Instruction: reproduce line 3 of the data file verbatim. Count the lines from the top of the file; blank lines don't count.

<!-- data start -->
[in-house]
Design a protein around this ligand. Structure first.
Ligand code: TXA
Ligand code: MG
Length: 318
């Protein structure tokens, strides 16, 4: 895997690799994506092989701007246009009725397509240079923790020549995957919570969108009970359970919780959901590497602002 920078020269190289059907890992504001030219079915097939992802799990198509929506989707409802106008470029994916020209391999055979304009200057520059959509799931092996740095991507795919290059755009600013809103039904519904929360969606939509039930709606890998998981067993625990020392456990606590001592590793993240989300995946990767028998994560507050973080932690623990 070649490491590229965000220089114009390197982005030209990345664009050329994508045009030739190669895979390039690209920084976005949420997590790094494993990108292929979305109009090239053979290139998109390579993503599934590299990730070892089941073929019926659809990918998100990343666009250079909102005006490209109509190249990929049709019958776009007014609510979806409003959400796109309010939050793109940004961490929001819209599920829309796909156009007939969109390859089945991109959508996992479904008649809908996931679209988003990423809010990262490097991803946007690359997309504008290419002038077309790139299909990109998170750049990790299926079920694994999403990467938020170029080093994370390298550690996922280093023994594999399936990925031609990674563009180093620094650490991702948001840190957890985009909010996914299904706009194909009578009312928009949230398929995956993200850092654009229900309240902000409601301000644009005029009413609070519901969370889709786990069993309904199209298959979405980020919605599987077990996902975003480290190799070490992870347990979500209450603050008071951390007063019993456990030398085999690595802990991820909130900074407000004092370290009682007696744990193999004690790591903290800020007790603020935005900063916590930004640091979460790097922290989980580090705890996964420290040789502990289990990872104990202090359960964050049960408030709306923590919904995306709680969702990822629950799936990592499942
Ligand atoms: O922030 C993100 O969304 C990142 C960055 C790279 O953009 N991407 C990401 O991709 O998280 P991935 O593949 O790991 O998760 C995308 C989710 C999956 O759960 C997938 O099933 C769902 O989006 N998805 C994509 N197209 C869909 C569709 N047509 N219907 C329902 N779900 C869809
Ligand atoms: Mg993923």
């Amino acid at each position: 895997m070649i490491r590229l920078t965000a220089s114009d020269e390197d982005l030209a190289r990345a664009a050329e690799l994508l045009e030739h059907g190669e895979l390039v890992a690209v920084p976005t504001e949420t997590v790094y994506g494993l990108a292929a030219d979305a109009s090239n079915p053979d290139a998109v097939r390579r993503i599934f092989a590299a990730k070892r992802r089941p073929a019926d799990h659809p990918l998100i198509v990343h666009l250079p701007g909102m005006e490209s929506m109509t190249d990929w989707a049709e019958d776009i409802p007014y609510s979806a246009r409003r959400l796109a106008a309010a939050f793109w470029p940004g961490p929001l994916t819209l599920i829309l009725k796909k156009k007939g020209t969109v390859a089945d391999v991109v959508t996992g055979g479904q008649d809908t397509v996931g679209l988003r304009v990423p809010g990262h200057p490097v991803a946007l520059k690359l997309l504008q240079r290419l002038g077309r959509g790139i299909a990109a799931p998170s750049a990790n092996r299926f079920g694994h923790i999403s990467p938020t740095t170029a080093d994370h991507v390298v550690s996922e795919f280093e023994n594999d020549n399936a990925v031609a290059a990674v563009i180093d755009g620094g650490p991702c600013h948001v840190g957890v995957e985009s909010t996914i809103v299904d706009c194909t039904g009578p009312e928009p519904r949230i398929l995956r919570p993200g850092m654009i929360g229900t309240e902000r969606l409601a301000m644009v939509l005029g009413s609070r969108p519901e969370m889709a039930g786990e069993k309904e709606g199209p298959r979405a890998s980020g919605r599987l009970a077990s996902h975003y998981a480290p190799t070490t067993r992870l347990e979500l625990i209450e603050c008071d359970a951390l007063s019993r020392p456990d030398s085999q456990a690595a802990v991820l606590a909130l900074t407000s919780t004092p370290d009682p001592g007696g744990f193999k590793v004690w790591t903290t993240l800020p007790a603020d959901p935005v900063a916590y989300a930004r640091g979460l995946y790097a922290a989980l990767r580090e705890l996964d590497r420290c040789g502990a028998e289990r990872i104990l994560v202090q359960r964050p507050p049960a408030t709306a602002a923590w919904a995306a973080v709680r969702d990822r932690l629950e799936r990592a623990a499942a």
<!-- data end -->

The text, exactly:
Ligand code: TXA